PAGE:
Blog post

Firmware bugs are like buses

Created:  23 Nov 2017
Updated:  23 Nov 2017
Author:  Mike H
Queue of red London buses

It seems that firmware vulnerabilities are just like buses, you wait for one and then several come along at once. You may have spotted this week that Intel has disclosed several security vulnerabilities in the Intel ME, Intel SPS, and TXE. This follows the recent ROCA vulnerability in Infineon Trusted Platform Modules (TPM).

Having recently published some updated guidance for managing firmware on mobile devices within an enterprise network, we thought that the news of these security vulnerabilities would serve as a useful reminder of the importance of automating firmware updates.

Why should you care?

The technologies in question provide advanced management and protection features in many Intel product families in both client and server devices. The affected components are key parts of a range of platform capabilities, including Intel Advanced Management Technology (AMT)Intel Authenticate, and Intel Platform Trust Technology. A successful compromise could therefore give attackers privileged access to a device, as well as compromising keys and credentials that are used to protect the platform.

Does it Affect You?

Intel have provided detailed information on impacted firmware versions and thus products that may be affected. In practice, the issues likely affect a wide range of devices including PCs, IoT devices, workstations and servers. Intel have also released a support guide and an associated tool that can help determine which systems are impacted. Manufacturers will also likely provide their own support information and Intel are providing links to these resources as they become available here.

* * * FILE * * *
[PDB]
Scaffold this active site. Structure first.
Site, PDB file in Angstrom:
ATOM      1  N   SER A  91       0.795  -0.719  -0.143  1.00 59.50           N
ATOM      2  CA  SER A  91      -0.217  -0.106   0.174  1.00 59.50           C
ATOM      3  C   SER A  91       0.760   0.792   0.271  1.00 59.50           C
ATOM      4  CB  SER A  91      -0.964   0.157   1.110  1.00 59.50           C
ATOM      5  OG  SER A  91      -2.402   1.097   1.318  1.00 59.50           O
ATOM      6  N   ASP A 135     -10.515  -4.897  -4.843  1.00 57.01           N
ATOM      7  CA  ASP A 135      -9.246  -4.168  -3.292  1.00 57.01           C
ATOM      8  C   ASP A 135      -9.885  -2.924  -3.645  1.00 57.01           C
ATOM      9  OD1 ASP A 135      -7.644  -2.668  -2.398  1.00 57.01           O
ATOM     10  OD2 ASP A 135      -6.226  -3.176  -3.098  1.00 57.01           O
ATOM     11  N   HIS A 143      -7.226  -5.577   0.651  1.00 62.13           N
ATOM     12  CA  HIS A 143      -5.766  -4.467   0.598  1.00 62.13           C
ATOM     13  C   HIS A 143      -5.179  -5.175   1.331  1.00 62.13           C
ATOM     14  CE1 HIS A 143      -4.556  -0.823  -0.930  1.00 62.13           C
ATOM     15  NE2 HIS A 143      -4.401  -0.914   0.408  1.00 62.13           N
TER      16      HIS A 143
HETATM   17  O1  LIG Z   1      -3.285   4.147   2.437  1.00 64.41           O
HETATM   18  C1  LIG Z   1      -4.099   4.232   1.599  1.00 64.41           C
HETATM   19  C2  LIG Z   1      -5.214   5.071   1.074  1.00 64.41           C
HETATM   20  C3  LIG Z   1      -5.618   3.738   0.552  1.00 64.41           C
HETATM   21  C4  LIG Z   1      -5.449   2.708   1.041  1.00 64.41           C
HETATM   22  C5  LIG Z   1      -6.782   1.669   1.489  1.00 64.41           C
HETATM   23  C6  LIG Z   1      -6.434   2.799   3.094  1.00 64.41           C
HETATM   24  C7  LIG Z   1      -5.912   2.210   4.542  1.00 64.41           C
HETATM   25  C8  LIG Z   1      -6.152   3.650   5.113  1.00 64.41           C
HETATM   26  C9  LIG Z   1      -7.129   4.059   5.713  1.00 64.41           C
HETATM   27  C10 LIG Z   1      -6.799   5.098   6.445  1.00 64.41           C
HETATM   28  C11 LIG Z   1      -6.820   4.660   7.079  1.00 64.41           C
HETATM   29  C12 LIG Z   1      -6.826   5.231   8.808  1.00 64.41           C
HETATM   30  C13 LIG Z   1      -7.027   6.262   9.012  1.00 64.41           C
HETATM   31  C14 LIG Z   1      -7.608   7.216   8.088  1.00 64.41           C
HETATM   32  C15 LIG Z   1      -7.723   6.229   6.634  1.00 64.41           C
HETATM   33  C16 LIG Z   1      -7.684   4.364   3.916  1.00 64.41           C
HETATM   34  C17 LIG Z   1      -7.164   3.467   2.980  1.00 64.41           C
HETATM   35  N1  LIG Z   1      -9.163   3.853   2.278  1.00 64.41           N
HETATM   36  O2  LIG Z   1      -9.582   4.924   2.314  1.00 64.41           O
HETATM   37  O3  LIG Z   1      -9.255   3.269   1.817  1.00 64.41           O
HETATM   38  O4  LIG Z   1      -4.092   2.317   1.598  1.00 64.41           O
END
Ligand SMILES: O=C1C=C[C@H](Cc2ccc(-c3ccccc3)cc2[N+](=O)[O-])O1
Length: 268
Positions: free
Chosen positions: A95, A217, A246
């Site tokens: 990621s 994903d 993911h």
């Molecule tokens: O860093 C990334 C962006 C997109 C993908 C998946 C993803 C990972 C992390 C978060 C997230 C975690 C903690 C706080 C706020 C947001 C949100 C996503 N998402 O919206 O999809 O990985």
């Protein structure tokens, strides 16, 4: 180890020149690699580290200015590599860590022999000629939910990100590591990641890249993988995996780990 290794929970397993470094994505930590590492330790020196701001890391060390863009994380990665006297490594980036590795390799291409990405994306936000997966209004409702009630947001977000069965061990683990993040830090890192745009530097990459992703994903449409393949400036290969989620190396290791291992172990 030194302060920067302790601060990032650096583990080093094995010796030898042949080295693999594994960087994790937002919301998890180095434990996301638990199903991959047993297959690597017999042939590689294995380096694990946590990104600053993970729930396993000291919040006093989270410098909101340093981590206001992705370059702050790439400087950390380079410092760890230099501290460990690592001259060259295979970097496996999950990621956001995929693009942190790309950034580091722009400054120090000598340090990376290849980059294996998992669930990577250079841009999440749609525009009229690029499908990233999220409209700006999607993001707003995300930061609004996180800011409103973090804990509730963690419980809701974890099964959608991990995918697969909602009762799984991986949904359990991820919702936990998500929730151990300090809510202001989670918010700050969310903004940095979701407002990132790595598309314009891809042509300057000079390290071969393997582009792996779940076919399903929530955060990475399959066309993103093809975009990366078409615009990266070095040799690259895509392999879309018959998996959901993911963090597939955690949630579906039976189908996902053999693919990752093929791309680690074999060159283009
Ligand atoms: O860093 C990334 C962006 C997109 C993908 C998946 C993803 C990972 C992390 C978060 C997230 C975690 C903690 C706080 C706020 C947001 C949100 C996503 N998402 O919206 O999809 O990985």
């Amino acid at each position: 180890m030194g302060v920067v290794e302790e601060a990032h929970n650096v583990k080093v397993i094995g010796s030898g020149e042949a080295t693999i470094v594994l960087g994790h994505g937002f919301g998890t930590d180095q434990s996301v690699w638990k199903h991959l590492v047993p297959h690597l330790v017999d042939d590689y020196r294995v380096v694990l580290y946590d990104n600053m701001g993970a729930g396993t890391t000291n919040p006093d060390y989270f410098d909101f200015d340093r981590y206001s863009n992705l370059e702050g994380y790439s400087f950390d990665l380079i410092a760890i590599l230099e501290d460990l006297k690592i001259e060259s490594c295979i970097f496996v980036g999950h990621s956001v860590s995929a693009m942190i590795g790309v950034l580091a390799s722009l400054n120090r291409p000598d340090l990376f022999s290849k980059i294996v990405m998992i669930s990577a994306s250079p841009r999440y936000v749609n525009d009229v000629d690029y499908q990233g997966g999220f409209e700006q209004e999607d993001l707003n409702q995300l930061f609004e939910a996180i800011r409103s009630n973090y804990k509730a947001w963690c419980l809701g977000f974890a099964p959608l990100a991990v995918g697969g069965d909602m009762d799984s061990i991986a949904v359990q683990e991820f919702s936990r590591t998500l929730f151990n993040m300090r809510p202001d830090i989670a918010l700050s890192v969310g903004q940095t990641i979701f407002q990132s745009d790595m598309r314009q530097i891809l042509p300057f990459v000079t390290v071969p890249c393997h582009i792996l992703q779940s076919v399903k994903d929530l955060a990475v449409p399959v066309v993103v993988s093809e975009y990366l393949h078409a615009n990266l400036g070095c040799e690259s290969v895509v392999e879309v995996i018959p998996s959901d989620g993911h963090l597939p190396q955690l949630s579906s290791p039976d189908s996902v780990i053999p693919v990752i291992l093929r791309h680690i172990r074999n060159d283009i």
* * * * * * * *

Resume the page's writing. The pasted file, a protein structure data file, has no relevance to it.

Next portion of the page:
What should you do?

Right now, the key message that we want to emphasise is that the most important first step to fix these issues is to install the necessary firmware updates.

If you’ve been following our recent blogs on the topic, you’ll know we recently spoke about how to automate UEFI firmware updates on Windows 10 platforms, as well as publishing further details within our end user devices guidance.

It is important to state, that as well as UEFI updates, manufacturers often package a range of firmware updates as part of a system firmware update, including for components such as the ME. Therefore, if you’re following our guidance already, updates should install automatically as per your patching process alongside updates for UEFI.

If you’ve not yet got around to enabling automatic firmware updates within your organisation, now is a great time to start planning to implement them. Have a look at our guidance, and see if you can deploy the required infrastructure to make it happen. If not, manufacturer released patches can be installed manually for supported devices. You should take steps to deploy these patches manually when they are available.

If the manufacturer chooses to provide these specific updates as a standalone tool, the techniques that we have discussed for automated deployment of UEFI updates should still apply equally well.


These vulnerabilities serve as a great example of the importance of firmware updates and the need for a strategy to be in place to automate them. If you are not already applying firmware updates within your organisation, maybe this is a good time to think about starting.

Mike H
Platform Security Researcher

1 comment

NCSC Communications Team - 24 Jul 2018
This blog is now closed to comments.

Was this blog post helpful?

We need your feedback to improve this content.

Yes No